US President Joe Biden on Friday (June 16) tapped former North Carolina health secretary Mandy Cohen to lead the federal Centers for Disease Control and Prevention (CDC), an agency that was in the forefront of the government’s response to the COVID-19 pandemic.
Cohen will replace Rochelle Walensky, who is stepping down on June 30 as head of the public health agency, which critics have said was slow to respond to the pandemic.
“Dr. Cohen is one of the nation’s top physicians and health leaders with experience leading large and complex organisations, and a proven track-record protecting Americans’ health and safety,” Biden said in a statement.
An internal medicine physician, Cohen led the North Carolina Department of Health and Human Services from 2017 to 2021.
She is currently executive vice president at Aledade and CEO of Aledade Care Solution, a network of independent primary-care practices.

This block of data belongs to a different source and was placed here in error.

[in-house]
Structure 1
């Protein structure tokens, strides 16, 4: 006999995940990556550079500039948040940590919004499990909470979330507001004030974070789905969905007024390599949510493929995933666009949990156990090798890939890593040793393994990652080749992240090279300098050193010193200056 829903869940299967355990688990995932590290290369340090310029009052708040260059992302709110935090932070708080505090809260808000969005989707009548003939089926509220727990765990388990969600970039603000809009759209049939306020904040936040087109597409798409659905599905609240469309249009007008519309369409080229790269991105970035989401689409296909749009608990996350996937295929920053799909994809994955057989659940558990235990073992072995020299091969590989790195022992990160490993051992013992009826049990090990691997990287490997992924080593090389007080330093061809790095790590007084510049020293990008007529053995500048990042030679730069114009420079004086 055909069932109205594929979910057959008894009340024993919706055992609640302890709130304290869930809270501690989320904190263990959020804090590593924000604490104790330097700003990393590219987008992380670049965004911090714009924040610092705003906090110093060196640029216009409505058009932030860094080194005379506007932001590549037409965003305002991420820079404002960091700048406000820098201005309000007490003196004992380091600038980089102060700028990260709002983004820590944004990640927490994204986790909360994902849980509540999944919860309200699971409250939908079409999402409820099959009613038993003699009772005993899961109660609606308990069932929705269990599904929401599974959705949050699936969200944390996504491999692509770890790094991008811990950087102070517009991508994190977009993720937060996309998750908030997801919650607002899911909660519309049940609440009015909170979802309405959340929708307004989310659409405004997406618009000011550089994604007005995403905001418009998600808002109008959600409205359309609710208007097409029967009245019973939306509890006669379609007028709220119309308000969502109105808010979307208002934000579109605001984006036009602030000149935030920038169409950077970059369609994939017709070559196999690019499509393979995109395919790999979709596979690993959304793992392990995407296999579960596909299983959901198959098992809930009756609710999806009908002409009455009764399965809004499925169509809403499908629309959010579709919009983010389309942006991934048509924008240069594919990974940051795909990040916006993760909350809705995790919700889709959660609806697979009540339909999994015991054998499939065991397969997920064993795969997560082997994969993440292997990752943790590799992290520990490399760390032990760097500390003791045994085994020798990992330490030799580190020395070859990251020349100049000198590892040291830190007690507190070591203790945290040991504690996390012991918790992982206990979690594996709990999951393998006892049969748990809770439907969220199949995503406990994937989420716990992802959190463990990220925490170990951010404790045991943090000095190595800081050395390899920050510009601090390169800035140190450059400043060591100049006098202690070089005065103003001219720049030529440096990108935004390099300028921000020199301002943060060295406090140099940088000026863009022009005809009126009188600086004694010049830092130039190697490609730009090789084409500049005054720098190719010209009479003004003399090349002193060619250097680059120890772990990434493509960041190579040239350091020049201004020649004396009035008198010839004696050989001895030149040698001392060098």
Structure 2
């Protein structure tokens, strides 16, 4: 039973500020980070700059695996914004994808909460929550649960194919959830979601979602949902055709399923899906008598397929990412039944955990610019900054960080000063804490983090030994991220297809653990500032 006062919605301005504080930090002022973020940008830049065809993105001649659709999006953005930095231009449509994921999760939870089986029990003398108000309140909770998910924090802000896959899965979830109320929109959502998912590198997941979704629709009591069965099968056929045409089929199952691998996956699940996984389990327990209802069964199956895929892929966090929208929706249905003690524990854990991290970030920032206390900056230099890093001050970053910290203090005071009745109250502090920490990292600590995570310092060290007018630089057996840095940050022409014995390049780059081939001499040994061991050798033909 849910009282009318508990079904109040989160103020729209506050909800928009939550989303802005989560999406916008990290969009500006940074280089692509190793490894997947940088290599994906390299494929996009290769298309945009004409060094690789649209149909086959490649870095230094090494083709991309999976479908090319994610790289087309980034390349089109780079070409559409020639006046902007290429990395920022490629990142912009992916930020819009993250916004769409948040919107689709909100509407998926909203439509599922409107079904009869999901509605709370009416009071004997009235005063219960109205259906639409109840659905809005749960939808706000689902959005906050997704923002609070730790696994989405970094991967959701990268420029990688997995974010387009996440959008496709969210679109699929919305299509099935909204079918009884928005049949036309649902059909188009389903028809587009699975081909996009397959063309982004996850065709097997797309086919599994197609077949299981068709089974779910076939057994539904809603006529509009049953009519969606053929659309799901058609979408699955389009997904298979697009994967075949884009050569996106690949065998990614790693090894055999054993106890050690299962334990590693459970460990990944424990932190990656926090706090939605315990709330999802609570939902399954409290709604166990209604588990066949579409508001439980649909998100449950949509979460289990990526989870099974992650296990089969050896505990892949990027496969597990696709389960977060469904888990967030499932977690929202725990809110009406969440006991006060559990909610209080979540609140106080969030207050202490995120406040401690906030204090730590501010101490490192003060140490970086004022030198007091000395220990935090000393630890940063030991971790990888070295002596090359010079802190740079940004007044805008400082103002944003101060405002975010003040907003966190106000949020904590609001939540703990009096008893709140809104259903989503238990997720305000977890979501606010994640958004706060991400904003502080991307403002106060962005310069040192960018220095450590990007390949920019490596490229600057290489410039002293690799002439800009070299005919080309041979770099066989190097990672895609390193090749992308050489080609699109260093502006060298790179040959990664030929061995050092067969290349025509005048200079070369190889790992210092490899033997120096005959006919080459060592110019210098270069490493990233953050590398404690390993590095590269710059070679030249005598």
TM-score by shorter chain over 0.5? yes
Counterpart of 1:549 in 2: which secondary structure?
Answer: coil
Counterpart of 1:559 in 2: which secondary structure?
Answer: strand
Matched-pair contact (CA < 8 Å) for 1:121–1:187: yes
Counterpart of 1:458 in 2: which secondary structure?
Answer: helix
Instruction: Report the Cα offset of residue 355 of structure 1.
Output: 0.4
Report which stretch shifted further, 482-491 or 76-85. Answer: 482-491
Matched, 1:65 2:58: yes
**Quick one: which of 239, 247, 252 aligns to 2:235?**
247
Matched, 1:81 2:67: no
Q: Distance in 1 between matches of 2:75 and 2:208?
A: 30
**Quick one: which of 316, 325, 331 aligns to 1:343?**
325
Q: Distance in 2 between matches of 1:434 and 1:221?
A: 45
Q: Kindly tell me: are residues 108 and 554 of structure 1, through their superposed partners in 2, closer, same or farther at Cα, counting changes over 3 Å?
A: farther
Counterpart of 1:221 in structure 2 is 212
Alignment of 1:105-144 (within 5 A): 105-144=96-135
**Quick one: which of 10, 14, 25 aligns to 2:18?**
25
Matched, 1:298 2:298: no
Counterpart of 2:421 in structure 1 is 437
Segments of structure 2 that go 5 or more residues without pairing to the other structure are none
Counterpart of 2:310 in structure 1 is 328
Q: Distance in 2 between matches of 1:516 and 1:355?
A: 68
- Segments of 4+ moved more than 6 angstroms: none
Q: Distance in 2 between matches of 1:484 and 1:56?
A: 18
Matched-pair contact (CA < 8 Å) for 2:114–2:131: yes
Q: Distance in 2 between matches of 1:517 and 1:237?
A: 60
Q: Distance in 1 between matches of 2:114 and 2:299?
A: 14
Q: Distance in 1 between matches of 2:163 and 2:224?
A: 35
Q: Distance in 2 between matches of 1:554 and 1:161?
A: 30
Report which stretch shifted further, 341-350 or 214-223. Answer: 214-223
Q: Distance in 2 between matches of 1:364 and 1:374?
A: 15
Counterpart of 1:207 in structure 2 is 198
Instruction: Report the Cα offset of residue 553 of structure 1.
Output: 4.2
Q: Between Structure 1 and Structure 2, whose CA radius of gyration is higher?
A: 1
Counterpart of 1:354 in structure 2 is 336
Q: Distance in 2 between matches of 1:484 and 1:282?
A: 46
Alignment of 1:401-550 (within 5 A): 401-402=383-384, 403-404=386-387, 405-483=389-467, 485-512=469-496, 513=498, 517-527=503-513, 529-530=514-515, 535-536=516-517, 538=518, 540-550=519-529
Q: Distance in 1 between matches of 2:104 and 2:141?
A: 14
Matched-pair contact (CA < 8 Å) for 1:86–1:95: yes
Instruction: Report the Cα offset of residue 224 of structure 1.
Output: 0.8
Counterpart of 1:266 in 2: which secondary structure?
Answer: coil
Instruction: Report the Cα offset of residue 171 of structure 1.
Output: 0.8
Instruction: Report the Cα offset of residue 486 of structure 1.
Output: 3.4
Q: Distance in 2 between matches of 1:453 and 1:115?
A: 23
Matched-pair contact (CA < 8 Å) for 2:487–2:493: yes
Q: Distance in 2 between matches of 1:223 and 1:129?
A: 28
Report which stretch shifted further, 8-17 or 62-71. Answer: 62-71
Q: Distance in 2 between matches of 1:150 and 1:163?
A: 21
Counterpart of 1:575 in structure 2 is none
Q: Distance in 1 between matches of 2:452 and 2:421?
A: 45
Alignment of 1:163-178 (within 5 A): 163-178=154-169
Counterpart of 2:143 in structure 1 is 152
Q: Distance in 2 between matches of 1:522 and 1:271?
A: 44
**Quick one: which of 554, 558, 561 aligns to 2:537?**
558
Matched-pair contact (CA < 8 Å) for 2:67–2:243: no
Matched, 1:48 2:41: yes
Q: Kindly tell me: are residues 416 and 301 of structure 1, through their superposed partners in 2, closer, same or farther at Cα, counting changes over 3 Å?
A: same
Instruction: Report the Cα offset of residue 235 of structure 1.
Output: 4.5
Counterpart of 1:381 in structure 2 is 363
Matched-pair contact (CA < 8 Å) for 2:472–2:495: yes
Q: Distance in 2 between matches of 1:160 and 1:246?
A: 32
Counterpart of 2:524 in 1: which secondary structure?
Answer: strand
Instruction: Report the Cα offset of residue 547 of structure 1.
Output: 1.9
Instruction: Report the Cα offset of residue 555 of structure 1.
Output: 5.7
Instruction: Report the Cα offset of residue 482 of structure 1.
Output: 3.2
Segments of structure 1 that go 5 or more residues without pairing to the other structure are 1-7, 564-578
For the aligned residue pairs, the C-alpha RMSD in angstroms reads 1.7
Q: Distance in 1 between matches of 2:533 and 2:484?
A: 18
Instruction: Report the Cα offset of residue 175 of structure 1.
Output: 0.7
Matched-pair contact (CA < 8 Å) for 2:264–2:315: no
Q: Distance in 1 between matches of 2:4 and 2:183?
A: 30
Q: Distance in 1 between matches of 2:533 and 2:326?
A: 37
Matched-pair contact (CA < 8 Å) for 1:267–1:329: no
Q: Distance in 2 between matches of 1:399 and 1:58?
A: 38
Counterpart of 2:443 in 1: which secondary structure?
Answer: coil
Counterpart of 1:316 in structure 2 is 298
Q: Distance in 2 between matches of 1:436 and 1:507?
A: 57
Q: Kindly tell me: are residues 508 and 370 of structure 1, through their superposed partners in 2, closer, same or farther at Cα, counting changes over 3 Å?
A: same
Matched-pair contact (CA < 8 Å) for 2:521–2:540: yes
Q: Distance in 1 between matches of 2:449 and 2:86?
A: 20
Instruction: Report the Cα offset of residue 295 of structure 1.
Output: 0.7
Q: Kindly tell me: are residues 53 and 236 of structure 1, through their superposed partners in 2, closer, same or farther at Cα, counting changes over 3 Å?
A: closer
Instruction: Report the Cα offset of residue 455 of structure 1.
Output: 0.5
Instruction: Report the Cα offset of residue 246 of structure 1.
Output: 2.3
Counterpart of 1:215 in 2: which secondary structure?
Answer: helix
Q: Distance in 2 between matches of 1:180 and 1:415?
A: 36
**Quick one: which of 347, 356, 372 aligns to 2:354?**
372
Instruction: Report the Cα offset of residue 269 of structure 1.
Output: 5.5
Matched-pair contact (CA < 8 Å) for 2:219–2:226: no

Cohen previously served as chief operating officer and chief of staff of the federal Centers for Medicare and Medicaid Services. While at CMMS, she served as acting director of the Center for Consumer Information and Insurance Oversight.
Walensky led the CDC for two years while the pandemic was at its height and oversaw a revamp of its structure to enable a nimble response to future pandemics.
She proposed plans to modernise the agency, including giving the CDC the authority to require states to report data, which would require authorisation from Congress.
Under her leadership, the agency came under scrutiny by Republicans in Congress as well as public criticism regarding its pandemic response, including late and confusing public health guidance.